Social psych

Card Set Information

Social psych
2014-03-06 11:58:28
Exam 1
concepts and applications
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  1. Research methods: Objective vs. Subjective
    • subjectivity can see dissimilar things with same starting point
    • objectivity is better
  2. Research Process
    • 1. observe
    • 2. theory
    • 3. generate hypothesis
    • 4. verification (test)
    • 5. revise theory
    • 6. new hypothesis
  3. Verification
    • Correlational research: naturally occurring relationships among varibles
    • Positive: one variable goes up then so does the other
    • Negative: one variable goes up then the other goes down
    • data is NOT causal
  4. Experimental Research
    • Cause and effect relationships by manipulating one or more factors
    • Lab setting
    • example: beer goggles; make things more attractive
  5. Experimental Method: Developing Variables
    • IV: to be the CAUSE of a behavior and is a manipulated variable
    • DV: behavior OUTCOME of interest and is measured variable
  6. Logic of experimental design and lab studies
    • Vary cause variable = logic
    • measure same DV in both groups = lab
  7. Operational definition
    • how a researcher chooses to define the variable under investigation
    • (description for variables DV and IV)
    • example: IV= frustruation
    •               DV = violent acts
  8. Random assignment
    a method of assigning participants to various conditions of an experiment so that each participant in the experiment has an equal chance of being in any condition
  9. Experimental Method
    • interest in two causes:
    • another IV: = causation of behavior
    • Ex: attraction - age and alcohol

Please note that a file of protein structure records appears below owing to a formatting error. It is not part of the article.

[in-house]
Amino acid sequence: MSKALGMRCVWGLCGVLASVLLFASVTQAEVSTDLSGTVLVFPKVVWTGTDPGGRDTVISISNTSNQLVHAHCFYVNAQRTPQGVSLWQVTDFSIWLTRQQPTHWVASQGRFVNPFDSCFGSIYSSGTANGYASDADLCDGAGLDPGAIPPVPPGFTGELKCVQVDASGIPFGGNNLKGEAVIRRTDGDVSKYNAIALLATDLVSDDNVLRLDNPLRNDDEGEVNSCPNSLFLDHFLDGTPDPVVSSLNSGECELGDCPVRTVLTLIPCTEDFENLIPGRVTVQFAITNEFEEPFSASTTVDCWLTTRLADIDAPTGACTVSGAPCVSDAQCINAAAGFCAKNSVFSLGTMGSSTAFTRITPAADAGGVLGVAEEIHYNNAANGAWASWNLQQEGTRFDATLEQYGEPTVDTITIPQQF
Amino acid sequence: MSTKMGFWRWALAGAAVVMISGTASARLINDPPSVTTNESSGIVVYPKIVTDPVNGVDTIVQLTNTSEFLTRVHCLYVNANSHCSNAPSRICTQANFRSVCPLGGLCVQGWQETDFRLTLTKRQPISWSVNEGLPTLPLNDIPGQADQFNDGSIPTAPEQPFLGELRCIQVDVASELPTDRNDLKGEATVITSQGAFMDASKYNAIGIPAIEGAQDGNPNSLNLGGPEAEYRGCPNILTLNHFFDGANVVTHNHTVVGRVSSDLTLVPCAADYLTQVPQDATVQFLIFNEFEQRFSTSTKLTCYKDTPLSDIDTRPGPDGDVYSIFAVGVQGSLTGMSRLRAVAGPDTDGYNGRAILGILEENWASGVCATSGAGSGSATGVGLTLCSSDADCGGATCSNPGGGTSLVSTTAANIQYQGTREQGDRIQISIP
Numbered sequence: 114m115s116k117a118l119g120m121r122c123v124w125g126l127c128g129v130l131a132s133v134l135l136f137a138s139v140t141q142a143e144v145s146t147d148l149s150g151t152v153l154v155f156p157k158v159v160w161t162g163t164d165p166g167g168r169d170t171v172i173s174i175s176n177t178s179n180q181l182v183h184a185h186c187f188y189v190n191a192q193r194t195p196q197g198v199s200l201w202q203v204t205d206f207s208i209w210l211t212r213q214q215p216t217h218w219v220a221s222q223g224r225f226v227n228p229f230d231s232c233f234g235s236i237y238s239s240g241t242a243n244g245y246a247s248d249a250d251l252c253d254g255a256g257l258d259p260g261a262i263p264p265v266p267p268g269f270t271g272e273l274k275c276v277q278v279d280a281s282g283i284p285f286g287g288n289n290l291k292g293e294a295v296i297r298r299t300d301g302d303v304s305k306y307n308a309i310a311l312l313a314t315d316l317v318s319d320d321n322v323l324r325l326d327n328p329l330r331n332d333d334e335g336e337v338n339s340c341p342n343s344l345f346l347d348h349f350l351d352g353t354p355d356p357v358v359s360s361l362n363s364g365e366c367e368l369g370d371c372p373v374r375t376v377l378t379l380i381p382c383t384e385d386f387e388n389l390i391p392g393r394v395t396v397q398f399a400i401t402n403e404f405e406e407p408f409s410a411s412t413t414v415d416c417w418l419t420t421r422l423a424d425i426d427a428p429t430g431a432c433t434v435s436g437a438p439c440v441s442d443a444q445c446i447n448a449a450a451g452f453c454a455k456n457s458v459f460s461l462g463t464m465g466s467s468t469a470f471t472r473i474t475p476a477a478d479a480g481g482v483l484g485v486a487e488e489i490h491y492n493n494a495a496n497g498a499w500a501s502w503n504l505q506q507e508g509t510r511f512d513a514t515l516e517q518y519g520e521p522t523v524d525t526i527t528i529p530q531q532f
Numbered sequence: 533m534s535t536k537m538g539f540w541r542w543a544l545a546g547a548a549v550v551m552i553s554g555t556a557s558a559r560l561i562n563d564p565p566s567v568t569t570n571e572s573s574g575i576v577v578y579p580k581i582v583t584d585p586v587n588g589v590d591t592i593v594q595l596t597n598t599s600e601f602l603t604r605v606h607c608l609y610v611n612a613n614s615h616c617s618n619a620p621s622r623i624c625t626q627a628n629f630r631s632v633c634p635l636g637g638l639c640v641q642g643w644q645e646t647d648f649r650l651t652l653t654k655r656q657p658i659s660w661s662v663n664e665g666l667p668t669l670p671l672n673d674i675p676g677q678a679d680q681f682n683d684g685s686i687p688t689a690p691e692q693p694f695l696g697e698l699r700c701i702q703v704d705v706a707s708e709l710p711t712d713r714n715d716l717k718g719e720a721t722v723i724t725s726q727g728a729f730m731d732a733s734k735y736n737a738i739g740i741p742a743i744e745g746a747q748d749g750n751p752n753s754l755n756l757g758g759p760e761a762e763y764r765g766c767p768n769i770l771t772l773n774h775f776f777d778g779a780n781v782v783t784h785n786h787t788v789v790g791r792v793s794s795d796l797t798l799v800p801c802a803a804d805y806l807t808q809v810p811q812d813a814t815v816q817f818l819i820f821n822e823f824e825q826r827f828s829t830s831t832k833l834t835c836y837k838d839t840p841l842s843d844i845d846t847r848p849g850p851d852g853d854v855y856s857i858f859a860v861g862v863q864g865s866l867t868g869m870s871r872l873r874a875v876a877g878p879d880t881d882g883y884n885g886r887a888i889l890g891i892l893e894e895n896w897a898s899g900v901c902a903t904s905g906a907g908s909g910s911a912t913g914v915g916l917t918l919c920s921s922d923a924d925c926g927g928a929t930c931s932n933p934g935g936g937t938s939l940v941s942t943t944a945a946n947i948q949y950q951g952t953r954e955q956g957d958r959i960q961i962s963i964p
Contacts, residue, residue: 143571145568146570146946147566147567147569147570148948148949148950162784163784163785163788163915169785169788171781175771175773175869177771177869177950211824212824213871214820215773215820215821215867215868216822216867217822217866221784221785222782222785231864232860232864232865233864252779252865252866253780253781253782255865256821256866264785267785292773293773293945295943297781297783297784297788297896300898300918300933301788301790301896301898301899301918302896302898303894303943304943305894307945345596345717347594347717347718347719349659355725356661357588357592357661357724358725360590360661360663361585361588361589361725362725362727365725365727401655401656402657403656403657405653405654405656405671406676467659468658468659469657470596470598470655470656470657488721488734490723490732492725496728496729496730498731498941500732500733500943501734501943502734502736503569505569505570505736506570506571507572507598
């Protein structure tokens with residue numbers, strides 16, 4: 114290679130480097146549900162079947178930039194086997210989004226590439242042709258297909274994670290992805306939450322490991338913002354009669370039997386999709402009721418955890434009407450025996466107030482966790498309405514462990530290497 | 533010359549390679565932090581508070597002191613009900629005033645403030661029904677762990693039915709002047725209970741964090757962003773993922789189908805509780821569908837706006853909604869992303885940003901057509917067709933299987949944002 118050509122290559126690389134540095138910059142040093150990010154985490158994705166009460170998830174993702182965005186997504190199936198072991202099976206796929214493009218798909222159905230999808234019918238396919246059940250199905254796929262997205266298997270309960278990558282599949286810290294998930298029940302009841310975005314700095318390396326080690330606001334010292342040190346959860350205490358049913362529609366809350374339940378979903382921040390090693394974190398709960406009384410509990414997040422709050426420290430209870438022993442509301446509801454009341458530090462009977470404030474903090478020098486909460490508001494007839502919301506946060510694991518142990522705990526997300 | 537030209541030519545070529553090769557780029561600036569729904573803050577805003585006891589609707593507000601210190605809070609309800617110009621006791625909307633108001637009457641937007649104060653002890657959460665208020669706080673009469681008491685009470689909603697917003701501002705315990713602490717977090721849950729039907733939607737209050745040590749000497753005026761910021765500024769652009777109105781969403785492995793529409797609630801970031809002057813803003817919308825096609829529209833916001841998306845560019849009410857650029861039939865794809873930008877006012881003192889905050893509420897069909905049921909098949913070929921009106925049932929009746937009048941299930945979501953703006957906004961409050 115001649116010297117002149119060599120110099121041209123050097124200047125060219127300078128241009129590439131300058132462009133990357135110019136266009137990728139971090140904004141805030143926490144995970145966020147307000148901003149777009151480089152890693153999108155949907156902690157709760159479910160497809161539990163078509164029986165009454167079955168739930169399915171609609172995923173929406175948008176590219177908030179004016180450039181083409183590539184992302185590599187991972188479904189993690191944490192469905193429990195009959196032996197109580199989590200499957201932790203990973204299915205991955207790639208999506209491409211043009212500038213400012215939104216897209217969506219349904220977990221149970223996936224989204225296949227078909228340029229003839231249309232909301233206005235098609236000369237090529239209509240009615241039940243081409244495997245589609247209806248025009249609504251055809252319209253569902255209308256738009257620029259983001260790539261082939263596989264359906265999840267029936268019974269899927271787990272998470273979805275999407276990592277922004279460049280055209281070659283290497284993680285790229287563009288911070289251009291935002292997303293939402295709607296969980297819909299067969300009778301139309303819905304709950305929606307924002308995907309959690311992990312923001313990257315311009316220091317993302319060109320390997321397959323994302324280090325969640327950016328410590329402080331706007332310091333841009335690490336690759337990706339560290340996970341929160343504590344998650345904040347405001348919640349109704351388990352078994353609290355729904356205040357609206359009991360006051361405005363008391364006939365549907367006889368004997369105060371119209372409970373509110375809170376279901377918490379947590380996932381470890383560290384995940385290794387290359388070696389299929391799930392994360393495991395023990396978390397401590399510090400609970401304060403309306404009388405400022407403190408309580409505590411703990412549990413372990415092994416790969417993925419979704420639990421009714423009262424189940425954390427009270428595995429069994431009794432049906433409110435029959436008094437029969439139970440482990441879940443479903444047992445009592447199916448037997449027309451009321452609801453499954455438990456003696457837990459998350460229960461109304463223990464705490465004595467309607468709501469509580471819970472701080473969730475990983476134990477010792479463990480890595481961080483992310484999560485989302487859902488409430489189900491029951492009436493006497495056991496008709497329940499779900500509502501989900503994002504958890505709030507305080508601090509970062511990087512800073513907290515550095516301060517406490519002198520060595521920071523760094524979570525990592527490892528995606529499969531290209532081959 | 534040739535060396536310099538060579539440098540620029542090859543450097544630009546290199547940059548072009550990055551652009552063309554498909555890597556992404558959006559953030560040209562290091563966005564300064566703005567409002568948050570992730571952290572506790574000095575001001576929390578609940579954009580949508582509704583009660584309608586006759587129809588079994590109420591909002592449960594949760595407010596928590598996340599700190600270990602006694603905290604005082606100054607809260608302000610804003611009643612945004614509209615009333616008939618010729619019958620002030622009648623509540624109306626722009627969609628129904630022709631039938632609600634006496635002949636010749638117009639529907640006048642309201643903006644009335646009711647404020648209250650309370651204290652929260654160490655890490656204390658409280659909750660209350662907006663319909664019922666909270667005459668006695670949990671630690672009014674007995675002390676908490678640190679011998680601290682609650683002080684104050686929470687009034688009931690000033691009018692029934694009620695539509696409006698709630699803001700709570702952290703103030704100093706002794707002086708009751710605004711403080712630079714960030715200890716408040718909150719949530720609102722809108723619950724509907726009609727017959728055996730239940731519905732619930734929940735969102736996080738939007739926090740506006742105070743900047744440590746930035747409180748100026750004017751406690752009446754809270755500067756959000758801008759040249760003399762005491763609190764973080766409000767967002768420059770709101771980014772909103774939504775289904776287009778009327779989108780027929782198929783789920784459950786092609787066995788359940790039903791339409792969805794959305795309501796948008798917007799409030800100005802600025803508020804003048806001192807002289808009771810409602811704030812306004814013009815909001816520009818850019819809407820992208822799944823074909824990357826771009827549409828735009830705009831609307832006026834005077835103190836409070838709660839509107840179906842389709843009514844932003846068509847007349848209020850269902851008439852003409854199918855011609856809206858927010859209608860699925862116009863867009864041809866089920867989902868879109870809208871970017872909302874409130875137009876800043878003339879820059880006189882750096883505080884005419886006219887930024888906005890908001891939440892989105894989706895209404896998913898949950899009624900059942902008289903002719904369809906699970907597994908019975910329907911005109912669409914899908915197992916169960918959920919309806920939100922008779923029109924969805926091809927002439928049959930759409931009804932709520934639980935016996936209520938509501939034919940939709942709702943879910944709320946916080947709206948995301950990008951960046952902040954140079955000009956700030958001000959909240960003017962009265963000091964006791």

10. IV
    • 4 conditions
    • vary levels
    • describing experimental research: based on a number of IV's in the study and number of levels of each IV
    • 2x2 design
    • How to describe design:
    • count how many numbers there are
    • look at the actual number to determine levals of IV
  11. internal validity
    • the extent to which conclusions can be drawn about the causal effects of the IV and DV
    • Lab setting : internal high and external low
  12. external validity
    • does the method generalize to other samples, research settings and procedures
    • operational def. and external validity
    • high in natural/field setting and low in lab setting
  13. Automatic cognition
    • also known as unconscious and implicit
    • automatic
    • quick
    • effortless
    • emotionally charged
    • governed by habit
    • difficult to control or change
    • involuntary
    • (people rely on this cognition)
    • example: stroop effect
  14. controlled cognition
    • also known as conscious and reason
    • deliberately controlled
    • slow
    • effortful
    • flexible
    • voluntary
    • (example and elephant and boy example)
  15. Heuristic
    a rule of thumb or "mental shortcut" used to make a judgement
  16. availibility heuristic